Combine old migrations?

How do I take, say, 20 of my older migrations and wrap them up into
only a single one in order to clean up my directory? Thanks!

Not a good idea.

If you think 20 is a bad number I’d hate to see if you’d work on a big
project (100+ migrations)

@Ryan, Do you ever stop to consider that people have very good reasons to do things that you might not do? I'm getting tired of seeing responses like "Gee I wouldn't do that" or "it's dumb to have that javascript turned off" or ... It'd be a lot more helpful, if you're that enlightened, if you would both explain how to do it AND SUGGEST why it is not considered a good idea.

That said, consider this. One site that I’m working on currently has
150+ migrations for about 120 tables. By your logic I’d be dumb to
combine them. But it’s quite possible that this app will be deployed
both publicly (hosting for small customers) and privately (intranet
for very large customers). I’m perfectly willing to keep creating
migrations when necessary for the public side, but if I am doing a
fresh install on a private site, what sense does it make to deploy the
20-30 migrations that are patched and overridden by later ones?
Wouldn’t a single, clean migration script serve those customers much

@Stedwick – rake db:schema:dump should give you pretty much what
you’re looking for. I’ll let you discern from the previous comments
whether or not YOU think it’s a good idea. :slight_smile:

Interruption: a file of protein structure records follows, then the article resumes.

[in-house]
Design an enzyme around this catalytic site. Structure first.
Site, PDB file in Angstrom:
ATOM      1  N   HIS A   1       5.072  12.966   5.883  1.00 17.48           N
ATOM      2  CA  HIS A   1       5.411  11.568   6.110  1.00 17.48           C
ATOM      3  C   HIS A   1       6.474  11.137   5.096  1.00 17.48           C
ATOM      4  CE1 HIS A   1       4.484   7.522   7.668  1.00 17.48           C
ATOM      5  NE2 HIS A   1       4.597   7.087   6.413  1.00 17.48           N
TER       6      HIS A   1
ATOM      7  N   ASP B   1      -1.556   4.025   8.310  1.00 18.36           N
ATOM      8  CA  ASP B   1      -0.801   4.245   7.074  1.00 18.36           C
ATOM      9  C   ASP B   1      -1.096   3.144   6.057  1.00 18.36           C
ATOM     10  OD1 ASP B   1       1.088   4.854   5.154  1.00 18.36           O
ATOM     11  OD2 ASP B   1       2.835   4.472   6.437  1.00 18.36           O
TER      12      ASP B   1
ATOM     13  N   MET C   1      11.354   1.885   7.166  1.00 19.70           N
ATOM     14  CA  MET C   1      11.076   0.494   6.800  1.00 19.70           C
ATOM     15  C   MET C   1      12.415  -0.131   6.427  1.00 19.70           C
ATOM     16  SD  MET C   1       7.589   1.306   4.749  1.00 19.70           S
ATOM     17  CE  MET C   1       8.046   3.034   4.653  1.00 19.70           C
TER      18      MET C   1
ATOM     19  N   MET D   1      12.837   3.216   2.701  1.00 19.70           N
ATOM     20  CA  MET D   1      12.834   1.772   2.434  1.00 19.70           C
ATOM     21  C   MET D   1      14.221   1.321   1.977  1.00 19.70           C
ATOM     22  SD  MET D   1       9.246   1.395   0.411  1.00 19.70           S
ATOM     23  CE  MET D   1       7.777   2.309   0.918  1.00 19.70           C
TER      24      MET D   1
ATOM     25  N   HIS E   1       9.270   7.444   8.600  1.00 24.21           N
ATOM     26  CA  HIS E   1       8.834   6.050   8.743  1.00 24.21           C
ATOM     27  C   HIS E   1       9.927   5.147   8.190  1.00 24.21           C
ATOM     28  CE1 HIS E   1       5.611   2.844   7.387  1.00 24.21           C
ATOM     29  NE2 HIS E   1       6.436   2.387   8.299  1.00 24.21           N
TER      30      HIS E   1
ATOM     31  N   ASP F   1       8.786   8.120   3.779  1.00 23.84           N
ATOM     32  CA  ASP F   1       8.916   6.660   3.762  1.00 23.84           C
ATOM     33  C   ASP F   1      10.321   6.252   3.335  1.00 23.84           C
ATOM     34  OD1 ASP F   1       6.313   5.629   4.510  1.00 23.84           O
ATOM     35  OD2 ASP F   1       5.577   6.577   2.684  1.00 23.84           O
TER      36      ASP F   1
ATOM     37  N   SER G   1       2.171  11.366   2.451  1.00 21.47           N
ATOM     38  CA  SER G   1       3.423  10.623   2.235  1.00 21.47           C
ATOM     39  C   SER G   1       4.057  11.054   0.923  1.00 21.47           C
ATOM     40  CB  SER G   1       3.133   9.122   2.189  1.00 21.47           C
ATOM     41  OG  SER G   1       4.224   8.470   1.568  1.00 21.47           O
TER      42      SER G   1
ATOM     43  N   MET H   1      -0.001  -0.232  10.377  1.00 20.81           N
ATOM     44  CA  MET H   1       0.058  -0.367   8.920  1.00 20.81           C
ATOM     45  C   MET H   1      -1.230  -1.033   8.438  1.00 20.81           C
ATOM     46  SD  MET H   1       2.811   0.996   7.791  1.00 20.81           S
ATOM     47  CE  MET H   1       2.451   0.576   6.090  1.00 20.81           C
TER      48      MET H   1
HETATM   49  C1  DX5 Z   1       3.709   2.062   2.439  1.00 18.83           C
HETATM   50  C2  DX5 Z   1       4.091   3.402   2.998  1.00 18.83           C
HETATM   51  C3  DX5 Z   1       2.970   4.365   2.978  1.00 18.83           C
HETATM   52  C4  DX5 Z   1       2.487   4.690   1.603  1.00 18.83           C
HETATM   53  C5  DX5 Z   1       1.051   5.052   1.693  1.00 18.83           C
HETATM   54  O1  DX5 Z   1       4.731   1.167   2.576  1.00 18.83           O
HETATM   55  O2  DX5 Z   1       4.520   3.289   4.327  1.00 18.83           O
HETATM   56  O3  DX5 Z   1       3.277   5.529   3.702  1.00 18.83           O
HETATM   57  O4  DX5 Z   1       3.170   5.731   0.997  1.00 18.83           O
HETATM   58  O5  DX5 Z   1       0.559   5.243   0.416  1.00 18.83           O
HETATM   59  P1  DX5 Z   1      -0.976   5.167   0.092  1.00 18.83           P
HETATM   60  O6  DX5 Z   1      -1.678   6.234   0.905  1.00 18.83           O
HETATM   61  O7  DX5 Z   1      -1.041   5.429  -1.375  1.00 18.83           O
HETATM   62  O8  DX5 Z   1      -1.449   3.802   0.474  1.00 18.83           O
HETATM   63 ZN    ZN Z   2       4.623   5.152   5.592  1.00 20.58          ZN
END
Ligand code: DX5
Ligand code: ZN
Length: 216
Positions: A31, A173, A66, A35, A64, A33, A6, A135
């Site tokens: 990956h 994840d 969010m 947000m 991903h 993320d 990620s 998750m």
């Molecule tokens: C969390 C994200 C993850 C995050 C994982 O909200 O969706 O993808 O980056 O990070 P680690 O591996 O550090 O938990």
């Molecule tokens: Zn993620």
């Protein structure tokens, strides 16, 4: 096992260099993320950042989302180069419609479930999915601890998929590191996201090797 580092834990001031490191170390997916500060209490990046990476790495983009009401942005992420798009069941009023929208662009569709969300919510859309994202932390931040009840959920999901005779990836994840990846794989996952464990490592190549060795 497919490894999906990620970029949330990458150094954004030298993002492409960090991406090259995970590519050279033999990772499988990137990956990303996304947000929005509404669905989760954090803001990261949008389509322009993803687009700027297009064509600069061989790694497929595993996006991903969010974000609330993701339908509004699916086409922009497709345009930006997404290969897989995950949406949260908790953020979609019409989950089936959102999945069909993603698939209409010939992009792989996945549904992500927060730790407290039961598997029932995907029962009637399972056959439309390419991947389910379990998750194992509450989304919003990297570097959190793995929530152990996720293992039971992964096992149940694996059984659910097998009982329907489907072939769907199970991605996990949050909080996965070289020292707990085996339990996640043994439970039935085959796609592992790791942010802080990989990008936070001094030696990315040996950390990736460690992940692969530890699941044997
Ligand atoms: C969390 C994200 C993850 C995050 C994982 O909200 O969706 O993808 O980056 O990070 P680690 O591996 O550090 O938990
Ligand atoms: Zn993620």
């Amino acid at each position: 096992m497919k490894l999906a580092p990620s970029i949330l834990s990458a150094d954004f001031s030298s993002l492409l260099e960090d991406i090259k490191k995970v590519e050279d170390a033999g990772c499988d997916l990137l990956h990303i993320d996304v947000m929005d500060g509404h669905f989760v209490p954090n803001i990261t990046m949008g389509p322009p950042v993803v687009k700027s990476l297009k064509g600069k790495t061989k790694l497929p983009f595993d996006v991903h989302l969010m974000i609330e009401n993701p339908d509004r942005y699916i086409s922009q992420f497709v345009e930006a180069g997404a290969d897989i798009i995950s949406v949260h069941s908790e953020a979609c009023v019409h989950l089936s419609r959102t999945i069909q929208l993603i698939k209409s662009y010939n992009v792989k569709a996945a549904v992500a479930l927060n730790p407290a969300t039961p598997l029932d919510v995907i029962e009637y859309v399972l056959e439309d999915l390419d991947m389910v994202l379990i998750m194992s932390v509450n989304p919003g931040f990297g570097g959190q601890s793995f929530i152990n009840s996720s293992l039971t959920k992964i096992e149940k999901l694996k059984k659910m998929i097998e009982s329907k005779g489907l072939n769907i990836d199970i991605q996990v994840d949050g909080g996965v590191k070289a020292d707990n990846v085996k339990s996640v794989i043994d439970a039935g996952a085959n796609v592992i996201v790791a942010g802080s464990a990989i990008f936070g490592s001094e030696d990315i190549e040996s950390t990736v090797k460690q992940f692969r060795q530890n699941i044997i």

On May 15, 9:31 pm, “Ryan B. (Radar)” [email protected]

Thanks, Andy! I knew there was some really easy way to do it. I
figure, I have all my old migrations in subversion anyway, just in
case, and when will I ever really need the first couple again? I’m
not going to roll back my entire application :slight_smile:

From schema.rb

Note that this schema.rb definition is the authoritative source for

your database schema. If you need

to create the application database on another system, you should be

using db:schema:load, not running

all the migrations from scratch. The latter is a flawed and

unsustainable approach (the more migrations

you’ll amass, the slower it’ll run and the greater likelihood for


In short, one reason you don’t really need to consolidate migrations is
because when deploying a application to a new server, you should really
not use db:migrate because it can be slow, amass alot of redundancy,
etc. Loading the latest schema is a much better practice.

so when starting from scratch use:

rake db:schema:load


rake db:migrate

(in most cases)

That said, I don’t think consolidating old migrations is necessarily bad
if its a personal project and no one else is relying on the migrations.

In fact, before a project is deployed for release, I tend to use:

Right. Schema loading is just for that purpose; migrating is just for
incremental updates to the schema.

Even better, when you load schema.rb, it’ll set the proper version so
you can pick up from there using migrations just like it would if you
were to do db:migrate.

This discrepancy is one of the biggest reasons you should never have
data/logic in your migrations. If you do a schema:load, then you miss
out on whatever seed data is in the migration. You should instead
create something like rake db:bootstrap in lib/tasks or something.


On Sat, May 17, 2008 at 7:44 PM, Nathan E.